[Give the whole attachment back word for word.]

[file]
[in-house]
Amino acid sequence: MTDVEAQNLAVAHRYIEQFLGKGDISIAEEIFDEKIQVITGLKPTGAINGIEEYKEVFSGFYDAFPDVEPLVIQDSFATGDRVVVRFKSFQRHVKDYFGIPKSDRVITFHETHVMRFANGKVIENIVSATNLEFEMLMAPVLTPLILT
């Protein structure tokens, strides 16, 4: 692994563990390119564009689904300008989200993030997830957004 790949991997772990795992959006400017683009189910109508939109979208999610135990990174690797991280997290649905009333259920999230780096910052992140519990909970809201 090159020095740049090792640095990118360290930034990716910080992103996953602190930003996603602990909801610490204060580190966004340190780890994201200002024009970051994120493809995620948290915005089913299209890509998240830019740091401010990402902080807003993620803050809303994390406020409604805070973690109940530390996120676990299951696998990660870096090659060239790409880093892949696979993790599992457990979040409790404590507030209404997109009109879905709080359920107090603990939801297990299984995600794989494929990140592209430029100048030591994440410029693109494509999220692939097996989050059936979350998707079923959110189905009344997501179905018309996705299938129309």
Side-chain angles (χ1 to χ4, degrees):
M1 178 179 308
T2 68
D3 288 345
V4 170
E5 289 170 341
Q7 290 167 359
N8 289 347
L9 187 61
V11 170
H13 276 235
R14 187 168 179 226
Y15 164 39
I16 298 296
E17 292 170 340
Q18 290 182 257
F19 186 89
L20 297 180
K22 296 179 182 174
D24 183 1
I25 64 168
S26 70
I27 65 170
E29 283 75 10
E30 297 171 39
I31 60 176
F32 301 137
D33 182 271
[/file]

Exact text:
[in-house]
Amino acid sequence: MTDVEAQNLAVAHRYIEQFLGKGDISIAEEIFDEKIQVITGLKPTGAINGIEEYKEVFSGFYDAFPDVEPLVIQDSFATGDRVVVRFKSFQRHVKDYFGIPKSDRVITFHETHVMRFANGKVIENIVSATNLEFEMLMAPVLTPLILT
């Protein structure tokens, strides 16, 4: 692994563990390119564009689904300008989200993030997830957004 790949991997772990795992959006400017683009189910109508939109979208999610135990990174690797991280997290649905009333259920999230780096910052992140519990909970809201 090159020095740049090792640095990118360290930034990716910080992103996953602190930003996603602990909801610490204060580190966004340190780890994201200002024009970051994120493809995620948290915005089913299209890509998240830019740091401010990402902080807003993620803050809303994390406020409604805070973690109940530390996120676990299951696998990660870096090659060239790409880093892949696979993790599992457990979040409790404590507030209404997109009109879905709080359920107090603990939801297990299984995600794989494929990140592209430029100048030591994440410029693109494509999220692939097996989050059936979350998707079923959110189905009344997501179905018309996705299938129309």
Side-chain angles (χ1 to χ4, degrees):
M1 178 179 308
T2 68
D3 288 345
V4 170
E5 289 170 341
Q7 290 167 359
N8 289 347
L9 187 61
V11 170
H13 276 235
R14 187 168 179 226
Y15 164 39
I16 298 296
E17 292 170 340
Q18 290 182 257
F19 186 89
L20 297 180
K22 296 179 182 174
D24 183 1
I25 64 168
S26 70
I27 65 170
E29 283 75 10
E30 297 171 39
I31 60 176
F32 301 137
D33 182 271